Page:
The State Minister in charge of Technical and Vocational Education and Training (TVET) Thursdaycalled on TVET institutions to partake in finding solutions to the country’s energy deficit by producing graduates with the requisite skills to help address the current shortage.
He was speaking at Tumba College of Technology during a graduation ceremony for some 358 students who completed their studies in different courses, including alternative energy, information technology, electronics and communication.
At the same time, it emerged that as many as 55 per cent of Rwandan O’ Level graduates were now choosing to join TVET institutions as opposed to the classic education system – which augers well with the government’s target of 60 per cent by 2018.
Now that’s an encouraging development and a timely shot in the arm for government’s growth agenda considering that technical and vocational education has traditionally been viewed as inferior to the conventional education system and effectively shunned by most students.
Nonetheless, the rising status of TVET should directly impact the country by ensuring that these institutions, as the minister advised, significantly contribute toward finding solutions to the challenges that threaten present and future national development blueprints.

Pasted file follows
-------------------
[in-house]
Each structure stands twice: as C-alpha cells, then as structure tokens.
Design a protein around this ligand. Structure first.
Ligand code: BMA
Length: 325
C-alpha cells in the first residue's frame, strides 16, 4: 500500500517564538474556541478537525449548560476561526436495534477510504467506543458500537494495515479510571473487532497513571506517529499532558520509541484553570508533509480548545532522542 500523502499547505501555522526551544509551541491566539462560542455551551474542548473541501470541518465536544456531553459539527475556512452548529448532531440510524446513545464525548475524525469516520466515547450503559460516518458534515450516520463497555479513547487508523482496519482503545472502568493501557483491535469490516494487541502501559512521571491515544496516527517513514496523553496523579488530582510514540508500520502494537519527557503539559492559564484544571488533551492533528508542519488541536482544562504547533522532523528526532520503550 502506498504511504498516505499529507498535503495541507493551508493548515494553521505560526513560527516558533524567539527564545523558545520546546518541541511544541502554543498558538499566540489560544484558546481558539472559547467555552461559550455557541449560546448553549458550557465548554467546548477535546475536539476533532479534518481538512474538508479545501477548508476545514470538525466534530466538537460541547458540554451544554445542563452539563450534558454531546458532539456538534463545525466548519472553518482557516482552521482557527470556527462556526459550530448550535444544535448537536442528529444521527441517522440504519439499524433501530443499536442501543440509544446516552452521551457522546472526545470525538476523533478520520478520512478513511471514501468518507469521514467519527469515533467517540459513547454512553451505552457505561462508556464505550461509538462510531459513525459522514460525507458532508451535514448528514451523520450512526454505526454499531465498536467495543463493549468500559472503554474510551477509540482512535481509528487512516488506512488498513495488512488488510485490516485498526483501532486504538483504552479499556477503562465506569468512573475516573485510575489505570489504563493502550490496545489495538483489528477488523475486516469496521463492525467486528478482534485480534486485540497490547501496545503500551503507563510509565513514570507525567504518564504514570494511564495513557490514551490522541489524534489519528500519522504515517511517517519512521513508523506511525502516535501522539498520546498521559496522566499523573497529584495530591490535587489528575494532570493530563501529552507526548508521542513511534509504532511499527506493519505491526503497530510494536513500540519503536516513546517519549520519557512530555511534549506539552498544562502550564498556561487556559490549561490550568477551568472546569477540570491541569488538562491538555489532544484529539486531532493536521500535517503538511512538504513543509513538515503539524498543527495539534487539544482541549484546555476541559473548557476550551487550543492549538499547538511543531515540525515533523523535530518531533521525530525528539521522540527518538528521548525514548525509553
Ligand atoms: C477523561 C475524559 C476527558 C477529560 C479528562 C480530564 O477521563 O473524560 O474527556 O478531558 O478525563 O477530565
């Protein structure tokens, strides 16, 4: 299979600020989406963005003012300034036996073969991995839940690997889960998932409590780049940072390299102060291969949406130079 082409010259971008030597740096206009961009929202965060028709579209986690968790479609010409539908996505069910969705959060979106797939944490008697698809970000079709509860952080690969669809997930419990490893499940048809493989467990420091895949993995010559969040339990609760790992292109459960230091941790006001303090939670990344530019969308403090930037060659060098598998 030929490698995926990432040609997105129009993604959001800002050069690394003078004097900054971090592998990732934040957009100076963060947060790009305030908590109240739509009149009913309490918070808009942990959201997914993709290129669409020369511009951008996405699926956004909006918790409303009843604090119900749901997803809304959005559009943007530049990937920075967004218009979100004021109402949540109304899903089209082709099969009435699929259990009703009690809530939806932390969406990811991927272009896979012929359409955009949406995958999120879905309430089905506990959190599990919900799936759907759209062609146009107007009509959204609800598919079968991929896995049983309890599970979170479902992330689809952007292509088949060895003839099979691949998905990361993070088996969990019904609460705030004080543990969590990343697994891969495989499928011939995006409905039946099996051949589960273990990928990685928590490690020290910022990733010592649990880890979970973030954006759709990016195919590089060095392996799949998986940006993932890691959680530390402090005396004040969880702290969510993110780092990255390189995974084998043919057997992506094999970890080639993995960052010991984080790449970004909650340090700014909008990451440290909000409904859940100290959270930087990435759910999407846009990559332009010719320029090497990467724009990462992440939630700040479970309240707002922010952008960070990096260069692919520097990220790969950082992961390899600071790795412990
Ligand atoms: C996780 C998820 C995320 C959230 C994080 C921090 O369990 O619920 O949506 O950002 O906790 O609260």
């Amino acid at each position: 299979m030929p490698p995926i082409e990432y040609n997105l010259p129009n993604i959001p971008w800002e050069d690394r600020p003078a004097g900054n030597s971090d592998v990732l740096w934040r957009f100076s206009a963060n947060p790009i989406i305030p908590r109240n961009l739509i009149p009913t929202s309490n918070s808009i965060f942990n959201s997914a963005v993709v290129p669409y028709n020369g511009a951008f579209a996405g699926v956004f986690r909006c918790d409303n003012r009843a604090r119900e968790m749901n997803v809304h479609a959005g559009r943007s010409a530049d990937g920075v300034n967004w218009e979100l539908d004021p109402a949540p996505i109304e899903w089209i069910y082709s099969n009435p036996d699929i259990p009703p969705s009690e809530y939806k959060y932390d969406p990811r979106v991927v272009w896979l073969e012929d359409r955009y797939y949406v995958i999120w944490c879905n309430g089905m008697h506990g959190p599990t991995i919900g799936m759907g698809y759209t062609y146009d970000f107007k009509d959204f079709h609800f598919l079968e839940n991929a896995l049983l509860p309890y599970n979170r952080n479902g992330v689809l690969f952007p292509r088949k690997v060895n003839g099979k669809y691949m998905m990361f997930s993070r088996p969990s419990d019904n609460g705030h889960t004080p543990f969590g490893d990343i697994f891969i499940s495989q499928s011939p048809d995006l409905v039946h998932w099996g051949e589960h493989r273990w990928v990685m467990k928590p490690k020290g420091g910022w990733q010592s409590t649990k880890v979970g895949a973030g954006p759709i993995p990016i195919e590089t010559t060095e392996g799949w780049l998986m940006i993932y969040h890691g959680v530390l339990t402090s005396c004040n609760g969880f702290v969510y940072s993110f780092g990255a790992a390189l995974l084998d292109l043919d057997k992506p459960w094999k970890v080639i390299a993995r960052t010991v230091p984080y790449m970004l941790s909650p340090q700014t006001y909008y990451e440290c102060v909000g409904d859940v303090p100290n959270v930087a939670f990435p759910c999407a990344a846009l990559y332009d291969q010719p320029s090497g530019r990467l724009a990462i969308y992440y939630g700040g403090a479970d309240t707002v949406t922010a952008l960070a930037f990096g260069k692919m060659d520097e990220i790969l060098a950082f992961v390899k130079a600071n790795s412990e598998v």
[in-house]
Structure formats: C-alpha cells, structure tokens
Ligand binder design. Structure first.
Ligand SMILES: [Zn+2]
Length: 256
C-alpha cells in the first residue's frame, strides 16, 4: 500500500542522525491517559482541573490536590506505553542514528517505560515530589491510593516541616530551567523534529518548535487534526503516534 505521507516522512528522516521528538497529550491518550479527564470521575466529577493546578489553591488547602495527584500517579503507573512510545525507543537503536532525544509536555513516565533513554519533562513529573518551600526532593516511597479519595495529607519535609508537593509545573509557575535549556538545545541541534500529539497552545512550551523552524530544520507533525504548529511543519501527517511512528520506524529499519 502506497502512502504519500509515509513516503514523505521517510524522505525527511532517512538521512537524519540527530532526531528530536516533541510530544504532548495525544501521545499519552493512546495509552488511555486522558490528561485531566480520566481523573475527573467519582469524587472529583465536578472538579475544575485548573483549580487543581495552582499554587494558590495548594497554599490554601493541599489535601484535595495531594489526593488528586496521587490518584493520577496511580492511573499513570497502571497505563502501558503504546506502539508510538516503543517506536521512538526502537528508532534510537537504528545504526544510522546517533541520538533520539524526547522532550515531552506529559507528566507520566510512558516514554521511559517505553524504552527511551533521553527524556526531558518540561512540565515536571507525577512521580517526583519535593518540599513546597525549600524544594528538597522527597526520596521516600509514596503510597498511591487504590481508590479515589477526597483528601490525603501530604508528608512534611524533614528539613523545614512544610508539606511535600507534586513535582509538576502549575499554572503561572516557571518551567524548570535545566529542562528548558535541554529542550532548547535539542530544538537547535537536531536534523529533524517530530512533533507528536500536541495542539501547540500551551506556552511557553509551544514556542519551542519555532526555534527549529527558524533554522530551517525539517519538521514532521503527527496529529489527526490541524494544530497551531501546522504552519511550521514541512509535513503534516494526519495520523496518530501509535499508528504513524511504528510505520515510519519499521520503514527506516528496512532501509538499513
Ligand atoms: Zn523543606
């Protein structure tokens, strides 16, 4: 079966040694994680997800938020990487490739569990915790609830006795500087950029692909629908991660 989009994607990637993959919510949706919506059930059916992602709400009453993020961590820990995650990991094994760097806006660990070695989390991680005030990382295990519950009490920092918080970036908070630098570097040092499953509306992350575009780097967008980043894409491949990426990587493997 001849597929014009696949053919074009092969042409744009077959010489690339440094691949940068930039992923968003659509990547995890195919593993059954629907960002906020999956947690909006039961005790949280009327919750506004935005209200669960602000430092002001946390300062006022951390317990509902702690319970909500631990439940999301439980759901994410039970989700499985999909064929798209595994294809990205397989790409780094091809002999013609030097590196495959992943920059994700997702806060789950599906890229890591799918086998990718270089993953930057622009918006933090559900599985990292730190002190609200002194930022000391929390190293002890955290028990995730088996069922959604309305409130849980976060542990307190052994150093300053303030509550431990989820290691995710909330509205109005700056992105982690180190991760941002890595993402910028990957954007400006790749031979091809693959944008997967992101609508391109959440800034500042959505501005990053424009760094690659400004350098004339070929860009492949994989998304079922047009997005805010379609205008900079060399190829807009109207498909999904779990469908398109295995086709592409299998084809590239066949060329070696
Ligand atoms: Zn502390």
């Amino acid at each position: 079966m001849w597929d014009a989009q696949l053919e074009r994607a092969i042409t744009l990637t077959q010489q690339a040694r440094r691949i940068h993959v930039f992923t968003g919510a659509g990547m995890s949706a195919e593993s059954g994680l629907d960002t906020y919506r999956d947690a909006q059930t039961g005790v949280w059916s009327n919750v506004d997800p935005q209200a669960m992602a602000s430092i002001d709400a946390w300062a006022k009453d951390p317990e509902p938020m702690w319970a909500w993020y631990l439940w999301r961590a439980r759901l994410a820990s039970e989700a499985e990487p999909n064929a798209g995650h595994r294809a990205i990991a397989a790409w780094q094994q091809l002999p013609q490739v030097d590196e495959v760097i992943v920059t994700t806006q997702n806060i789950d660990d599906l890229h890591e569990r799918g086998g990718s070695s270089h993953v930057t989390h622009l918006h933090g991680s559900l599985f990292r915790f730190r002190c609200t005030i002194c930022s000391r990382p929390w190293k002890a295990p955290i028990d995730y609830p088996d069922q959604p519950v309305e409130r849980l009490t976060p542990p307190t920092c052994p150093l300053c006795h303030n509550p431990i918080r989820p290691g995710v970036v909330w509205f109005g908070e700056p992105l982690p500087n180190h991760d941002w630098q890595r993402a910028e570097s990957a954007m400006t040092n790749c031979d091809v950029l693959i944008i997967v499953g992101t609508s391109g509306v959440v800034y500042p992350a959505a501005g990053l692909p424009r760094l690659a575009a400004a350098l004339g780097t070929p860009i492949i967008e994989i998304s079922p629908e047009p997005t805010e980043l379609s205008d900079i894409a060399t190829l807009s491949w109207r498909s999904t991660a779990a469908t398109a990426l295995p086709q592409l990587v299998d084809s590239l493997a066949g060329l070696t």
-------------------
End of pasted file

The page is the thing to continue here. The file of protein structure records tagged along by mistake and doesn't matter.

Yet the principle of ensuring that training institutions remain relevant with the needs of the world of work and national economic agenda must be embraced by all education providers to break ranks with the archaic colonial education system that was hardly responsive to the demands of the labour market.
There is need to bridge the existing gap between education providers on the one hand and the industry and national economic priorities on the other. This will ensure that education institutions impart skills that will not only help the student to use the acquired skills to earn a decent income to impact their life and that of their loved ones but to also play a key role in the achievement of the country’s development agenda.
Most importantly, institutions of learning, especially those at the tertiary level, need to align their curricula to the national development priorities to help the country fast-track its growth targets.
Today’s world requires learning institutions to be dynamic and flexible in their approach to education if they are to remain relevant to society. They must learn to seize every opportunity to remain responsive to the demands of the labour market and the environment within which they operate.